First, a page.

Students across campus are scratching their heads after a recent email from the University doubled as a cute little game of two truths and a lie. The email, titled “Reopening Plans For Spring 2021 Semester,” notified students that it would present its announcements in the form of the classic party game.
In a modern twist, star-crossed lovers Rob Garcia and Jessica Winters have found themselves confined to opposing pods.
“Every day I yearn to escape from this heart-wrenching prison,” explained Garcia, referring to their tragic confinement to university-enforced social bubbles.
Fuming sophomore Jackson Smith recently gave his professor a scathing four out of five on her end-of-course survey.
“I hated that class,” reported a livid Smith. “I knew I couldn’t keep my outrage bottled up — and so I didn’t.”
“Some might say giving her a four on Professor Preparedness was too harsh,” the hothead admitted.
The Rhode Island Department of Health has released a statement reminding Americans that they should wash their hands after any contact with the Brown Daily Herald. “We know that most people are already taking this very obvious precaution,” said Department spokesperson Charlotte Perkins.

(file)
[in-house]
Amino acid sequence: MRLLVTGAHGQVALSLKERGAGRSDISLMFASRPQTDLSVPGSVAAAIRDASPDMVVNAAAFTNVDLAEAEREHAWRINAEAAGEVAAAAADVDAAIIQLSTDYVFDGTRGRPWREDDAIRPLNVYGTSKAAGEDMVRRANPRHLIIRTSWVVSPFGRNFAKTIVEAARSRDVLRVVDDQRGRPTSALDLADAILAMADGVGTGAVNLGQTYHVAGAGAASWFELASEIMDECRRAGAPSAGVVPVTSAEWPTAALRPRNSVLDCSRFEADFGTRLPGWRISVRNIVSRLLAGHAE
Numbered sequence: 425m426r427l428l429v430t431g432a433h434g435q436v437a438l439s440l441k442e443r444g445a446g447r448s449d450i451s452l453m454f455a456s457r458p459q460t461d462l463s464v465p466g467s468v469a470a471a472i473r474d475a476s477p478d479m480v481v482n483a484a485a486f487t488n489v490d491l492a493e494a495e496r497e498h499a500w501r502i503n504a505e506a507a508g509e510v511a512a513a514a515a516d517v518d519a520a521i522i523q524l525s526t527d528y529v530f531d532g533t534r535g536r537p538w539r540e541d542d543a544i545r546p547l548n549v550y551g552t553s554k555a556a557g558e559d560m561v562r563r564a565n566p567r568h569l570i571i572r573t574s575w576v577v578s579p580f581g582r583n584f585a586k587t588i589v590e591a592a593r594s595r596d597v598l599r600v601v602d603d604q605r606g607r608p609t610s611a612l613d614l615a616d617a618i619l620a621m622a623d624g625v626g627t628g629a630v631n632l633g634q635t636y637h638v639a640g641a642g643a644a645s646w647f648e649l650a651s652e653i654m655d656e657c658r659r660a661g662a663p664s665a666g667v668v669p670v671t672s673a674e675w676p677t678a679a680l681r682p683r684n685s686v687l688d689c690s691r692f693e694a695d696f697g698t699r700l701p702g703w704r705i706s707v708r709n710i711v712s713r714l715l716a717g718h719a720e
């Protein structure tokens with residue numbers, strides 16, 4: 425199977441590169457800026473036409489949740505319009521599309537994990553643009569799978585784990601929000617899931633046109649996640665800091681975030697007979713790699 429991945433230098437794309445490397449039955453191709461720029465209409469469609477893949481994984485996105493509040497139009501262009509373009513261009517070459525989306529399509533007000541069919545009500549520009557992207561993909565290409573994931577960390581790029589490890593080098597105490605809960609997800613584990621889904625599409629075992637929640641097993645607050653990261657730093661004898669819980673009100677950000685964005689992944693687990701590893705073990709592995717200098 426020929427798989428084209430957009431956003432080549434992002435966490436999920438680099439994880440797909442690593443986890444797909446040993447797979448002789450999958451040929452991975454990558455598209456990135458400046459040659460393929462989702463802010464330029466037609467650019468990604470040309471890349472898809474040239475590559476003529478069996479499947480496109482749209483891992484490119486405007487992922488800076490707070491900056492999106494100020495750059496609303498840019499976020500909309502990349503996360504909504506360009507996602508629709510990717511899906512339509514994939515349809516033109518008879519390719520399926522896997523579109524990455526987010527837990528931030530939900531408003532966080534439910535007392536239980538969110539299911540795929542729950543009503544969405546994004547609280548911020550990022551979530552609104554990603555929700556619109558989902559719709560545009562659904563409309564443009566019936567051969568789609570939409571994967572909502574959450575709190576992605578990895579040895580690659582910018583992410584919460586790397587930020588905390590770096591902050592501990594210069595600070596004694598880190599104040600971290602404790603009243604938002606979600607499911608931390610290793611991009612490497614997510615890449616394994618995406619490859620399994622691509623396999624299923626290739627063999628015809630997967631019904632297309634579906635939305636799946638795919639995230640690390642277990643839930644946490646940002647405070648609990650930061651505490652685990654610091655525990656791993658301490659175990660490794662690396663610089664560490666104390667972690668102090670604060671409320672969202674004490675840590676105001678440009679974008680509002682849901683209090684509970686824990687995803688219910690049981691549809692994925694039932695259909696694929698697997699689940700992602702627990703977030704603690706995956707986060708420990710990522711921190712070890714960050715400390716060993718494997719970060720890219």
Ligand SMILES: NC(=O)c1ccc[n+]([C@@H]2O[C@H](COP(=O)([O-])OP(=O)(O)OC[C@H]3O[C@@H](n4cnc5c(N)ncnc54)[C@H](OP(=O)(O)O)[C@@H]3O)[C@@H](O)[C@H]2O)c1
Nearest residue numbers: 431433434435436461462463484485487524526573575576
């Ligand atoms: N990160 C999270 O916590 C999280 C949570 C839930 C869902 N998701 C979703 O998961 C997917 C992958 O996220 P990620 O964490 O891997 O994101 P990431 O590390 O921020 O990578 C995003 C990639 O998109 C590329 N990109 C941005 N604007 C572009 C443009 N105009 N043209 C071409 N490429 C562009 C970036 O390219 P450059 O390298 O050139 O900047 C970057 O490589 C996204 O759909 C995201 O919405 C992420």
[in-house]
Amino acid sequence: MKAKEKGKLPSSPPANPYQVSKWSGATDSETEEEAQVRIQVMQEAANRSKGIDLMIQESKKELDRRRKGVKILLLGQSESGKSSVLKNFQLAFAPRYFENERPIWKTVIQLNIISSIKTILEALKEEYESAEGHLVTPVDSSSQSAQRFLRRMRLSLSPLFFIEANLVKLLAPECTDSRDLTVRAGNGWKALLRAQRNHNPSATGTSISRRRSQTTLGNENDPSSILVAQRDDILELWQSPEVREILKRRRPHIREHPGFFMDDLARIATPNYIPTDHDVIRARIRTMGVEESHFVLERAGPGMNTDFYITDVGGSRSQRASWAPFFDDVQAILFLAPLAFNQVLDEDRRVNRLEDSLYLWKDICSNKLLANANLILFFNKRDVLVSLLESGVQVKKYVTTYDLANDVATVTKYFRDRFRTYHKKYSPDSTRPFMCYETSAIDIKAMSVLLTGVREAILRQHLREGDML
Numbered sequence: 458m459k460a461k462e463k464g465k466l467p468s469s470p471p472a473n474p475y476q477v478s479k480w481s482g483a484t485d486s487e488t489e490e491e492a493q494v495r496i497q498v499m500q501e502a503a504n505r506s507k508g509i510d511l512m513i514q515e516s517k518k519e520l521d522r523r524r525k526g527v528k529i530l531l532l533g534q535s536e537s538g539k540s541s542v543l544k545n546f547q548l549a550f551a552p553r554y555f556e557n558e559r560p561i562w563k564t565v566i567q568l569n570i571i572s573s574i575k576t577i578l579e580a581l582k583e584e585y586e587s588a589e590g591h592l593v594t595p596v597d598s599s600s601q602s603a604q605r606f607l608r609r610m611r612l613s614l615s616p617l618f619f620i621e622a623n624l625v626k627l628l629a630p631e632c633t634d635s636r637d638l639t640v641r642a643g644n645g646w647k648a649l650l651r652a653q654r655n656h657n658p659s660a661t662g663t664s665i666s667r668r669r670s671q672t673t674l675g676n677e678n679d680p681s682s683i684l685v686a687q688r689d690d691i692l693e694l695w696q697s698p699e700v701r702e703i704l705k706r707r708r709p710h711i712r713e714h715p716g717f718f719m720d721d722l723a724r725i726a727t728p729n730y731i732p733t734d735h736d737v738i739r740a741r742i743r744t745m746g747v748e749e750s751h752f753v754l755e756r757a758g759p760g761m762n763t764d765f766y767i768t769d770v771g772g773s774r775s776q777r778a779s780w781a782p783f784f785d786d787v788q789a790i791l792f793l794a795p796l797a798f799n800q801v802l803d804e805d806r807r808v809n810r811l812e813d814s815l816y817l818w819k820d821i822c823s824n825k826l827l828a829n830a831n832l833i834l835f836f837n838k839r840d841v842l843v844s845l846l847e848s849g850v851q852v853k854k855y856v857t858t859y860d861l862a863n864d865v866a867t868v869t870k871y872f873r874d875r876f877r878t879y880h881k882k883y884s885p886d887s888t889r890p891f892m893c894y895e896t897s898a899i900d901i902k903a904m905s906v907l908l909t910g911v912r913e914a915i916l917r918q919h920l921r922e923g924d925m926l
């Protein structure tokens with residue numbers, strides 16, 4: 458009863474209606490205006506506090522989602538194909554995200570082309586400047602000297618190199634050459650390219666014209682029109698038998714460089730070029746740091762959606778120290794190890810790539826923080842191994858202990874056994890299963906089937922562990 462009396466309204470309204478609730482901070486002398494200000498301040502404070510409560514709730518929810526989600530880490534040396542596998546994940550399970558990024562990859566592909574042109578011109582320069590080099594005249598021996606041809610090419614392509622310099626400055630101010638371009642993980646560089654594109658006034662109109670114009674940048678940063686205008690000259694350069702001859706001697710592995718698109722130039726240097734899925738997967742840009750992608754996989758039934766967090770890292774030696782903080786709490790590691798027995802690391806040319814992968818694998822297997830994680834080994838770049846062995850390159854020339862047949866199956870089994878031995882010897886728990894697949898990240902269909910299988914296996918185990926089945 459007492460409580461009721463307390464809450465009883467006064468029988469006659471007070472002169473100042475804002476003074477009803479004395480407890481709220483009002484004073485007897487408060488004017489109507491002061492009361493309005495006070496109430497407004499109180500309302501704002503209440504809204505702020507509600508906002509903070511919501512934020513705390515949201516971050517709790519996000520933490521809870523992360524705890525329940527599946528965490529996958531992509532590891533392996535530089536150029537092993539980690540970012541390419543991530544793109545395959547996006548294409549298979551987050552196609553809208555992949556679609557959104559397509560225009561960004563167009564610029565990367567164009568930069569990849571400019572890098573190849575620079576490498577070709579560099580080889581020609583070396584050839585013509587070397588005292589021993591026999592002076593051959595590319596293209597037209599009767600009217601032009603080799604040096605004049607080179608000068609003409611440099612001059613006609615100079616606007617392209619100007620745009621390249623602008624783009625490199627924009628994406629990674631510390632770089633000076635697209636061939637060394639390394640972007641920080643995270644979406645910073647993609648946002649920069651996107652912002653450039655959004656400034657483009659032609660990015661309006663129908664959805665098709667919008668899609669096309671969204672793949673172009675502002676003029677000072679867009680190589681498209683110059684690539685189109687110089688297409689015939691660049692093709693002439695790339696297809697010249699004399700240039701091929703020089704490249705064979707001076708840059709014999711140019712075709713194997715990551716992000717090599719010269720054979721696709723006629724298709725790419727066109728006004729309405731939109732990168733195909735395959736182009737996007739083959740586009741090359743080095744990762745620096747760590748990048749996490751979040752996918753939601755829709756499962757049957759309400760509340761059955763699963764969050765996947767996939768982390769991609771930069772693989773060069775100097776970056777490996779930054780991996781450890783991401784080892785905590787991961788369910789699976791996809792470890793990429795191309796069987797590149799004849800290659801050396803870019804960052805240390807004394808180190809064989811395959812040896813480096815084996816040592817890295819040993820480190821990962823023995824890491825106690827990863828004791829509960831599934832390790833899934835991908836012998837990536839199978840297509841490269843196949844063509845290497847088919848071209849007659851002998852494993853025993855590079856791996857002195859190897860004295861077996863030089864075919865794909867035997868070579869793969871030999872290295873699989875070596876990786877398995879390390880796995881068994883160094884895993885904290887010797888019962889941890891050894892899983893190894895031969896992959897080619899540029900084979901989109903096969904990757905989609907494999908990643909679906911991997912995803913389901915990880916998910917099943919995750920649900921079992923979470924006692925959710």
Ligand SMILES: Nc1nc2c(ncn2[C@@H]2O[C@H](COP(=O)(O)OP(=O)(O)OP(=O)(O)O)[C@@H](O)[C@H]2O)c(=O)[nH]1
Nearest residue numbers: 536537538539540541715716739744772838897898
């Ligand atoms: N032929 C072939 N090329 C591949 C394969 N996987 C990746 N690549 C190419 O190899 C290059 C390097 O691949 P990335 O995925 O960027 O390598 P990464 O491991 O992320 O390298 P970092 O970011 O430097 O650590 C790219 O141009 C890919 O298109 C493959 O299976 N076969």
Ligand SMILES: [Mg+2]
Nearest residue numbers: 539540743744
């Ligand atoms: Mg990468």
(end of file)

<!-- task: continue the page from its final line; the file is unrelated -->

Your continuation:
Students across the world report that the tables at home just aren’t the same as V-Dub’s gummy, gluey countertops.
“Sure, I might spill a soda on my kitchen table,” said Mike Woods ’22, glaring at his table. “But once I wipe it up there’s no more stickiness! How am I supposed to live like this for six months?”
“I’d forgotten that most tables provide none of that sweet, sweet elbow traction,” explained Violet Zhang ’21 as she ran a longing finger across her barren kitchen counter.
Heartless first-grade teacher Helen Green recently added a class rule after “have fun,” sources report. “Rule number one, of course, is ‘have fun,’” Ms. Green declared, mere moments from despoiling the goodwill she had just created among her students by despotically etching the oppressive order onto the chalkboard for all to see.
A recently-published biology textbook chapter nearly forgot to mention sickle cell anemia, student Naomi Ford reports. “When I was about halfway through Chapter 23 I started to sense that something was wrong,” Ford explained. “It wasn’t until I’d read through three-quarters of the chapter without seeing a single reference to the abnormally-shaped red blood cells that I doubled back to look for the crucial page — or pages — I’d skipped.